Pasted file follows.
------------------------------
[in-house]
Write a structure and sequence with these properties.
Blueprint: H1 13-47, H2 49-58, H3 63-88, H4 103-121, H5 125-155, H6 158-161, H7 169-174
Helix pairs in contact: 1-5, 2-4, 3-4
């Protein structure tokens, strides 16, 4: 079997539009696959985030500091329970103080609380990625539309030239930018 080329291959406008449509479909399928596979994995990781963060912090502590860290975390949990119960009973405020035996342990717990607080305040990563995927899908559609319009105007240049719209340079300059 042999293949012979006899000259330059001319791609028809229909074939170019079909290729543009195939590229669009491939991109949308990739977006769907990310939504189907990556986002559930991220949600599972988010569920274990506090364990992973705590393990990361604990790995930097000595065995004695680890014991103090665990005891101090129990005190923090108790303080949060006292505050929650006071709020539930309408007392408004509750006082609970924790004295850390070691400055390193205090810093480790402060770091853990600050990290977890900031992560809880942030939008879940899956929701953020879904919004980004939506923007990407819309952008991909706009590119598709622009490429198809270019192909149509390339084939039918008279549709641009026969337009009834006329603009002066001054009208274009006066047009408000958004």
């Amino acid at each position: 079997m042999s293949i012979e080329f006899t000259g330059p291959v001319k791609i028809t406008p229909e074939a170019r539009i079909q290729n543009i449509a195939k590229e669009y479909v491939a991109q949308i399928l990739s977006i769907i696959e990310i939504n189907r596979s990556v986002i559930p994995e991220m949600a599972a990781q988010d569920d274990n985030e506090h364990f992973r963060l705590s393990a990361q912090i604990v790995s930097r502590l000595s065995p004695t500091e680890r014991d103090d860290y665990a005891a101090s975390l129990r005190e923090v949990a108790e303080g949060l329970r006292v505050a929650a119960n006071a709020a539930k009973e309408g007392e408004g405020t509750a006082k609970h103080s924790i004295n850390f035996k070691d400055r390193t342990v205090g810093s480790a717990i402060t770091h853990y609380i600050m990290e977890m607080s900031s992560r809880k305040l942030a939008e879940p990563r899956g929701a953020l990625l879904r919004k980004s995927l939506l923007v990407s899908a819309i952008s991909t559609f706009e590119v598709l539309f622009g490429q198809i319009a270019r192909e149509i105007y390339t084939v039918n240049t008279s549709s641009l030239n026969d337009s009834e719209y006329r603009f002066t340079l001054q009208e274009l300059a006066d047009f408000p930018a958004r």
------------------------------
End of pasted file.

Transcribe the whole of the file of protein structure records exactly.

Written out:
[in-house]
Write a structure and sequence with these properties.
Blueprint: H1 13-47, H2 49-58, H3 63-88, H4 103-121, H5 125-155, H6 158-161, H7 169-174
Helix pairs in contact: 1-5, 2-4, 3-4
């Protein structure tokens, strides 16, 4: 079997539009696959985030500091329970103080609380990625539309030239930018 080329291959406008449509479909399928596979994995990781963060912090502590860290975390949990119960009973405020035996342990717990607080305040990563995927899908559609319009105007240049719209340079300059 042999293949012979006899000259330059001319791609028809229909074939170019079909290729543009195939590229669009491939991109949308990739977006769907990310939504189907990556986002559930991220949600599972988010569920274990506090364990992973705590393990990361604990790995930097000595065995004695680890014991103090665990005891101090129990005190923090108790303080949060006292505050929650006071709020539930309408007392408004509750006082609970924790004295850390070691400055390193205090810093480790402060770091853990600050990290977890900031992560809880942030939008879940899956929701953020879904919004980004939506923007990407819309952008991909706009590119598709622009490429198809270019192909149509390339084939039918008279549709641009026969337009009834006329603009002066001054009208274009006066047009408000958004």
């Amino acid at each position: 079997m042999s293949i012979e080329f006899t000259g330059p291959v001319k791609i028809t406008p229909e074939a170019r539009i079909q290729n543009i449509a195939k590229e669009y479909v491939a991109q949308i399928l990739s977006i769907i696959e990310i939504n189907r596979s990556v986002i559930p994995e991220m949600a599972a990781q988010d569920d274990n985030e506090h364990f992973r963060l705590s393990a990361q912090i604990v790995s930097r502590l000595s065995p004695t500091e680890r014991d103090d860290y665990a005891a101090s975390l129990r005190e923090v949990a108790e303080g949060l329970r006292v505050a929650a119960n006071a709020a539930k009973e309408g007392e408004g405020t509750a006082k609970h103080s924790i004295n850390f035996k070691d400055r390193t342990v205090g810093s480790a717990i402060t770091h853990y609380i600050m990290e977890m607080s900031s992560r809880k305040l942030a939008e879940p990563r899956g929701a953020l990625l879904r919004k980004s995927l939506l923007v990407s899908a819309i952008s991909t559609f706009e590119v598709l539309f622009g490429q198809i319009a270019r192909e149509i105007y390339t084939v039918n240049t008279s549709s641009l030239n026969d337009s009834e719209y006329r603009f002066t340079l001054q009208e274009l300059a006066d047009f408000p930018a958004r």